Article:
Check out spinning magazines, especially ones like Interweave's Spin-Off. There you will fairly regularly see projects of dog hair. I don't know why at least some human's hair would not work as well; I'm not so sure about heavily dyed or otherwise processed hair.

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With the clear understanding, based on hard lessons learned, I am NOT by any means suggesting you really want to pursue this.

 

Victorian Hair Braiding was often referred to as "Mourning Jewlery" because it was done to keep momentos of deceased loved ones.

 

Spinning "Hair" type fiber (as opposed to "Fleece" like sheep or dog undercoats) is by no means a beginner spinning project.

 

You are also going to need a lot more hair than you might think.  Probably at least 3/4-1.5 pounds of hair to get enough yarn to make a scarf.  A project I would not undertake because the yarn is going to be too fragile to hold up to the normal wear of a scarf.

 

Spinning human hair can be done, but like any other "hair" it will not be easy.  Basically the structure of human hair does not lend itself to spinning but if you are determined to go forward. It is going to be a very slippery yarn and so you will have some issues when it comes to crocheting the scarf first because it won't hold together very well and second because it will stretch and break rather easily.

 

(yes, I am really trying to discourage you - painful as it is for me to do so)

 

If you are still determined to go forward <G>

 

Interweave has/had at least one free ebook on spinning with a drop spindle, you will want to learn the technique often used for cotton with a supported spindle.

 

You may want to see if your library can get a copy of

  The Art Of Hair Work, Hair Braiding and Jewelry Of Sentiment, Mark Campbell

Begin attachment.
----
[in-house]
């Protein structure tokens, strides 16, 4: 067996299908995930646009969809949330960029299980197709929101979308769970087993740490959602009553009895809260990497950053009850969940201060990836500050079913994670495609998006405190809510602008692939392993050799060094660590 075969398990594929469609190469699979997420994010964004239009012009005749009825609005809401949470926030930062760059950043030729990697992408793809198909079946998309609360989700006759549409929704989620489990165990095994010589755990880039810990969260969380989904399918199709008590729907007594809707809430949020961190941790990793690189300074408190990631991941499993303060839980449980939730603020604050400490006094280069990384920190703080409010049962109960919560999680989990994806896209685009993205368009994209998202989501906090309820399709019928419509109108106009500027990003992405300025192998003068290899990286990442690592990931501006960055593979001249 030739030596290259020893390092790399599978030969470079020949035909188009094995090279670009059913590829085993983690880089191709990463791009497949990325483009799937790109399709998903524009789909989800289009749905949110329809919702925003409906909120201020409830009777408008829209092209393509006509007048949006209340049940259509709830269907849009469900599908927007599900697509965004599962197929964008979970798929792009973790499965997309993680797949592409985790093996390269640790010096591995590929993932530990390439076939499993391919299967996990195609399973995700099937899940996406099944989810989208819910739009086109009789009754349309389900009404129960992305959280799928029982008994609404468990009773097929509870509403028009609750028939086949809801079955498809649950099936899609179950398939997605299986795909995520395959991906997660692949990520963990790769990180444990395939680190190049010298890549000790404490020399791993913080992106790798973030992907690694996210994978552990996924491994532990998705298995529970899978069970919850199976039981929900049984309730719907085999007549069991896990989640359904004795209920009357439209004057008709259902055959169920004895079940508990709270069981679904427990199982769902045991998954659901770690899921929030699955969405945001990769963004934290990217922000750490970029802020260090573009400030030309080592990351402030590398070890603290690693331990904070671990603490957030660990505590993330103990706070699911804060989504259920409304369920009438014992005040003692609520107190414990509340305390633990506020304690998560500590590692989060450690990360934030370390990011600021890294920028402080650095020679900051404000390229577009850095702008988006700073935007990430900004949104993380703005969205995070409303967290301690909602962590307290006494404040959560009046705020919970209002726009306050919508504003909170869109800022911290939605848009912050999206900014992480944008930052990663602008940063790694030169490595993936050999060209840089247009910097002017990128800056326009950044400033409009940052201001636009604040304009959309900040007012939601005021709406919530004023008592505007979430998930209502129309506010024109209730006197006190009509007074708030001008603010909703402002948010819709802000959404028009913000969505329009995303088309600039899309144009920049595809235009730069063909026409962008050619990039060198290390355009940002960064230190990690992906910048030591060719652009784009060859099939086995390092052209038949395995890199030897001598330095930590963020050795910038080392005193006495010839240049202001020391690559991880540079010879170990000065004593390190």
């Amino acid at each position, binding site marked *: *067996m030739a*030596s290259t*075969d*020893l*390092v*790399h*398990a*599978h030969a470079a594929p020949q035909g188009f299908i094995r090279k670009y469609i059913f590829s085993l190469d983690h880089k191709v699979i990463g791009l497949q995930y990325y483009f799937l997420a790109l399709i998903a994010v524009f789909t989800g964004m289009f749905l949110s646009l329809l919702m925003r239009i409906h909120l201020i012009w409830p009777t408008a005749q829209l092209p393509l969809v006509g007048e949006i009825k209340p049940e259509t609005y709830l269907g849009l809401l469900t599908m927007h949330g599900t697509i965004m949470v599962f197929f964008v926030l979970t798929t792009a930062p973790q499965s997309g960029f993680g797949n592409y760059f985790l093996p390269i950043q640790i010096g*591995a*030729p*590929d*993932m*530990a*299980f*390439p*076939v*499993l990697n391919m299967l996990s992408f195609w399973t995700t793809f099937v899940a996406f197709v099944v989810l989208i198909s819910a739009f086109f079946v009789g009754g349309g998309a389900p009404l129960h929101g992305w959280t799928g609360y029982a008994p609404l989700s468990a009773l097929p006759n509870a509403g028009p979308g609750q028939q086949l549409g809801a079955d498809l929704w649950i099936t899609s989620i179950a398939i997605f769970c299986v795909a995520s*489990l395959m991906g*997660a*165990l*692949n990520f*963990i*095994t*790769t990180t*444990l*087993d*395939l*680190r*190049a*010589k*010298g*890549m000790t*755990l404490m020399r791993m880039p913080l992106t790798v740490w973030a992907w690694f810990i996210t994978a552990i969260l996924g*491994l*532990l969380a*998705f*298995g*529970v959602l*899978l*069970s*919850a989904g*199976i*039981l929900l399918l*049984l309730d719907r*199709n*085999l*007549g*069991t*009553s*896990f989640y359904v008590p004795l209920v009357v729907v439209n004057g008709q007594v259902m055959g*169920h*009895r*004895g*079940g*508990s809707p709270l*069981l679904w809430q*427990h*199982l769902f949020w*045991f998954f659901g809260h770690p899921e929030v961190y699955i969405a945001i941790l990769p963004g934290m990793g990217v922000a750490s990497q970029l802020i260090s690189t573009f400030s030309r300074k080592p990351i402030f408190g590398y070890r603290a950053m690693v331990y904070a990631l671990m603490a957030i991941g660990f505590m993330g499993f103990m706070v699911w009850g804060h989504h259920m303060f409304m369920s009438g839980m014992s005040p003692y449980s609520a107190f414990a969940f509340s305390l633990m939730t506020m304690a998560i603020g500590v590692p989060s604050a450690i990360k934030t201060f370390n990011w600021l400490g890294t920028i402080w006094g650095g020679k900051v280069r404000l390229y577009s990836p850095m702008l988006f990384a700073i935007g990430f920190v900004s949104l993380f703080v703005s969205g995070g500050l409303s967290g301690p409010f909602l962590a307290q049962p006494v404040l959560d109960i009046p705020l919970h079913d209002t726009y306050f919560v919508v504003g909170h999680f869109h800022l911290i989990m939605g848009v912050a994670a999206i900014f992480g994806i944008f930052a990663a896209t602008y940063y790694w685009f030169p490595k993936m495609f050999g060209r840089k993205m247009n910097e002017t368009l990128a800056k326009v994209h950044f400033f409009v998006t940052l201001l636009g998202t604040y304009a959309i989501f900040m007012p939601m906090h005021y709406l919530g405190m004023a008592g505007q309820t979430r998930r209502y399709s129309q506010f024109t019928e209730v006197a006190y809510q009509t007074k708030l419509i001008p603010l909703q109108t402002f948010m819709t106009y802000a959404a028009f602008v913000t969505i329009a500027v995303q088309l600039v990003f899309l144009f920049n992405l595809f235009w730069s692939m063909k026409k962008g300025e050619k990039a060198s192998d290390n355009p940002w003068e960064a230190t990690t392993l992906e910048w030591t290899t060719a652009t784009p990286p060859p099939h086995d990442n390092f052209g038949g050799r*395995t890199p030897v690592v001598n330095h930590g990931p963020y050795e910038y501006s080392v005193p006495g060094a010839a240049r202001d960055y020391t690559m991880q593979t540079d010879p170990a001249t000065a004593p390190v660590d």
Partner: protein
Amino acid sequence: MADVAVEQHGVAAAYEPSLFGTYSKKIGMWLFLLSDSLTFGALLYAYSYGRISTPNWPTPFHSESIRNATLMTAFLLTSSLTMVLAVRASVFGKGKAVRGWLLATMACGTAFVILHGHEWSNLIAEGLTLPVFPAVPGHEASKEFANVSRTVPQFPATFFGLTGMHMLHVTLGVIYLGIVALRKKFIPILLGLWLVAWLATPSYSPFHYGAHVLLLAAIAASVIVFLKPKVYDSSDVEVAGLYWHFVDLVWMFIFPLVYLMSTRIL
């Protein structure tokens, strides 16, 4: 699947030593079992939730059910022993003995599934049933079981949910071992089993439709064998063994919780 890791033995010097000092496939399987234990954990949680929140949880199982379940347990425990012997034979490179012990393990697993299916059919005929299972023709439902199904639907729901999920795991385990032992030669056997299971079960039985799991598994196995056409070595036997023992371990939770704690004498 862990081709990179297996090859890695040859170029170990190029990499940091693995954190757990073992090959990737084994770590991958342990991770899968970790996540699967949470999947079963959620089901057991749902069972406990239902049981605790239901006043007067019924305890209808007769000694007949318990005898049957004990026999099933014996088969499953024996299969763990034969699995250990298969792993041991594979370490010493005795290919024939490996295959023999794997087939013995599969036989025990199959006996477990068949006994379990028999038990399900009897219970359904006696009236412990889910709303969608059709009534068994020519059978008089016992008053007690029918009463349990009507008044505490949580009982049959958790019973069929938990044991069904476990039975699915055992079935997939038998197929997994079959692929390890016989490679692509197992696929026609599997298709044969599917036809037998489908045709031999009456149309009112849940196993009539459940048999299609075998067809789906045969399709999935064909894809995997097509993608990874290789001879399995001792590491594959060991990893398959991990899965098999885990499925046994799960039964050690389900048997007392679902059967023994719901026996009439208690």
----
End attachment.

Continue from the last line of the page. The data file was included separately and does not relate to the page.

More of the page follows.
as it contains LOTS of good information on working with hair.

 

Although more of a knitting book, Knitting with Dog Hair has some info on how to spin. 

 

Once again, I am not encouraging this, just giving you some possibly useful sources of information

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I knew in history they spun hair symbolically or for personal reasons also involving endearment. My brother had me spin his dogs hair into the trim on his slippers last year. Just yesterday I was cleaning out my hairbrush and decided to spin it on my spindle to see what it looks like. Hubby also uses that brush. It did not need carded and I was able to spin more than two feet. It comes out like mohair yarn. I am currently spinning the rest of my Icelandic fleece and it is wonderful stuff. I also loved the mohair which I spun last month. Spinning human hair is really easy. I don't see the difference in what fiber you spin. It isn't creepy, it comes out pretty also. As long as you get the hair from your brush, it's making use of it instead of throwing it away.

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Longer hair will be easier to spin like mine is and you can yank on the yarn I made, no issue with strength. I will actually spin a skein over time and block it. This insures it holds the twist. I am experienced with different fibers and did not learn from books. My first fleece was 17 lbs of hard work, raw unskirted, a Suffolk sheep that had not been shorn in 3 years. I was able to get a spindle online, and watched a few YouTube videos. Then another experienced gal sent me hers because it was a lot of work, had such fun with it. I do have a unique spinning style and very fast winding method. I want try spinning Nettle fiber next as I just got done with some wood fiber which was cool.